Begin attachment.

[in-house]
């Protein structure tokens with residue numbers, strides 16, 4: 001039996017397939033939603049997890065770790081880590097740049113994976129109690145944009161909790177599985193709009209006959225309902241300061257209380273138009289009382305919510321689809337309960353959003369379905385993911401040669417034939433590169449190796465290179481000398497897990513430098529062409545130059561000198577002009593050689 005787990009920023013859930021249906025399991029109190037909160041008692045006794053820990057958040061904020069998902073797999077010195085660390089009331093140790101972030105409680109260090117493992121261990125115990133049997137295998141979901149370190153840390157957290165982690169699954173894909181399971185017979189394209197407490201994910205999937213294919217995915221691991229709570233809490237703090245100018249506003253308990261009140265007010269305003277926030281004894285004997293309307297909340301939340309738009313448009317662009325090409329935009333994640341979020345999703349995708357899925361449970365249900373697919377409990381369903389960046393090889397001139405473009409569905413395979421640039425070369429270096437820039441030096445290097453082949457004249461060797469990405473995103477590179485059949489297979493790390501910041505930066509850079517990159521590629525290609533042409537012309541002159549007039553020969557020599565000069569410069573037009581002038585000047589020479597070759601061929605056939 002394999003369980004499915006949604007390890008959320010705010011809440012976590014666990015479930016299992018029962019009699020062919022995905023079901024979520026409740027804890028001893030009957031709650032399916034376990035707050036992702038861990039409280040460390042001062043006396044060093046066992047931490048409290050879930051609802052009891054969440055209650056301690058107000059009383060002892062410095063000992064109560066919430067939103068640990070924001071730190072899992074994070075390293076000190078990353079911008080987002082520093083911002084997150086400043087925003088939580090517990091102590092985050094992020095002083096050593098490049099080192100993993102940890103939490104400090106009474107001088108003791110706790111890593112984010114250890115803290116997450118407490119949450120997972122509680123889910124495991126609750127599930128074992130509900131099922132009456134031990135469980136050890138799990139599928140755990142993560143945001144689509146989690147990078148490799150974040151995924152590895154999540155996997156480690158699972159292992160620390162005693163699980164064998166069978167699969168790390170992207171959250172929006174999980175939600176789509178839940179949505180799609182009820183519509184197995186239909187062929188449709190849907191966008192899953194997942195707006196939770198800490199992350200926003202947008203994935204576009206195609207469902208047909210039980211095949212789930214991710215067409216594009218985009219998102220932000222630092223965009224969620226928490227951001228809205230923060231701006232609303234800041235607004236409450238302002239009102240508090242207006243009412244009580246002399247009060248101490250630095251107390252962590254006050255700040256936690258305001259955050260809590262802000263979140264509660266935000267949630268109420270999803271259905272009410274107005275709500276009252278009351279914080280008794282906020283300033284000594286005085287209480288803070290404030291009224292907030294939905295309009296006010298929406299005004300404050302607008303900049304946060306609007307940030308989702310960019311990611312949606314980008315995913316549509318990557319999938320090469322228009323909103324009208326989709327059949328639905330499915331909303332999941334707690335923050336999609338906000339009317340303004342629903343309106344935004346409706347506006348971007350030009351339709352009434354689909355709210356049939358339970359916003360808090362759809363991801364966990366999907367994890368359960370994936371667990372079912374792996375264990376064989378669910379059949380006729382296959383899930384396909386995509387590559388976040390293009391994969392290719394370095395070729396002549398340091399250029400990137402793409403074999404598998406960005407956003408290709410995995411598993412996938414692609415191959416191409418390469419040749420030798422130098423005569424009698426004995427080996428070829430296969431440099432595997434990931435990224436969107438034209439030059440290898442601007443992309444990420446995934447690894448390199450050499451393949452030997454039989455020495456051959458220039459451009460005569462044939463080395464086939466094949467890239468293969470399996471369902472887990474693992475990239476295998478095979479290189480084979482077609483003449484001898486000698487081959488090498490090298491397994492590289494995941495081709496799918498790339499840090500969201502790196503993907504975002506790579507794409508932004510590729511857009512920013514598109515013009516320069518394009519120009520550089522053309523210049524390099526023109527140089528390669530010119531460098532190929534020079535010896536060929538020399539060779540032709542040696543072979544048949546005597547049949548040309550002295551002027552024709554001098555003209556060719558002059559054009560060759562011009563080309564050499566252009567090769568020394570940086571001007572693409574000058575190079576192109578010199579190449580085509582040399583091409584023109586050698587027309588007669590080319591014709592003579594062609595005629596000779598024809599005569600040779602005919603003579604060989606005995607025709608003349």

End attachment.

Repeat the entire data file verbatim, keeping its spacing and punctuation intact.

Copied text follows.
[in-house]
């Protein structure tokens with residue numbers, strides 16, 4: 001039996017397939033939603049997890065770790081880590097740049113994976129109690145944009161909790177599985193709009209006959225309902241300061257209380273138009289009382305919510321689809337309960353959003369379905385993911401040669417034939433590169449190796465290179481000398497897990513430098529062409545130059561000198577002009593050689 005787990009920023013859930021249906025399991029109190037909160041008692045006794053820990057958040061904020069998902073797999077010195085660390089009331093140790101972030105409680109260090117493992121261990125115990133049997137295998141979901149370190153840390157957290165982690169699954173894909181399971185017979189394209197407490201994910205999937213294919217995915221691991229709570233809490237703090245100018249506003253308990261009140265007010269305003277926030281004894285004997293309307297909340301939340309738009313448009317662009325090409329935009333994640341979020345999703349995708357899925361449970365249900373697919377409990381369903389960046393090889397001139405473009409569905413395979421640039425070369429270096437820039441030096445290097453082949457004249461060797469990405473995103477590179485059949489297979493790390501910041505930066509850079517990159521590629525290609533042409537012309541002159549007039553020969557020599565000069569410069573037009581002038585000047589020479597070759601061929605056939 002394999003369980004499915006949604007390890008959320010705010011809440012976590014666990015479930016299992018029962019009699020062919022995905023079901024979520026409740027804890028001893030009957031709650032399916034376990035707050036992702038861990039409280040460390042001062043006396044060093046066992047931490048409290050879930051609802052009891054969440055209650056301690058107000059009383060002892062410095063000992064109560066919430067939103068640990070924001071730190072899992074994070075390293076000190078990353079911008080987002082520093083911002084997150086400043087925003088939580090517990091102590092985050094992020095002083096050593098490049099080192100993993102940890103939490104400090106009474107001088108003791110706790111890593112984010114250890115803290116997450118407490119949450120997972122509680123889910124495991126609750127599930128074992130509900131099922132009456134031990135469980136050890138799990139599928140755990142993560143945001144689509146989690147990078148490799150974040151995924152590895154999540155996997156480690158699972159292992160620390162005693163699980164064998166069978167699969168790390170992207171959250172929006174999980175939600176789509178839940179949505180799609182009820183519509184197995186239909187062929188449709190849907191966008192899953194997942195707006196939770198800490199992350200926003202947008203994935204576009206195609207469902208047909210039980211095949212789930214991710215067409216594009218985009219998102220932000222630092223965009224969620226928490227951001228809205230923060231701006232609303234800041235607004236409450238302002239009102240508090242207006243009412244009580246002399247009060248101490250630095251107390252962590254006050255700040256936690258305001259955050260809590262802000263979140264509660266935000267949630268109420270999803271259905272009410274107005275709500276009252278009351279914080280008794282906020283300033284000594286005085287209480288803070290404030291009224292907030294939905295309009296006010298929406299005004300404050302607008303900049304946060306609007307940030308989702310960019311990611312949606314980008315995913316549509318990557319999938320090469322228009323909103324009208326989709327059949328639905330499915331909303332999941334707690335923050336999609338906000339009317340303004342629903343309106344935004346409706347506006348971007350030009351339709352009434354689909355709210356049939358339970359916003360808090362759809363991801364966990366999907367994890368359960370994936371667990372079912374792996375264990376064989378669910379059949380006729382296959383899930384396909386995509387590559388976040390293009391994969392290719394370095395070729396002549398340091399250029400990137402793409403074999404598998406960005407956003408290709410995995411598993412996938414692609415191959416191409418390469419040749420030798422130098423005569424009698426004995427080996428070829430296969431440099432595997434990931435990224436969107438034209439030059440290898442601007443992309444990420446995934447690894448390199450050499451393949452030997454039989455020495456051959458220039459451009460005569462044939463080395464086939466094949467890239468293969470399996471369902472887990474693992475990239476295998478095979479290189480084979482077609483003449484001898486000698487081959488090498490090298491397994492590289494995941495081709496799918498790339499840090500969201502790196503993907504975002506790579507794409508932004510590729511857009512920013514598109515013009516320069518394009519120009520550089522053309523210049524390099526023109527140089528390669530010119531460098532190929534020079535010896536060929538020399539060779540032709542040696543072979544048949546005597547049949548040309550002295551002027552024709554001098555003209556060719558002059559054009560060759562011009563080309564050499566252009567090769568020394570940086571001007572693409574000058575190079576192109578010199579190449580085509582040399583091409584023109586050698587027309588007669590080319591014709592003579594062609595005629596000779598024809599005569600040779602005919603003579604060989606005995607025709608003349």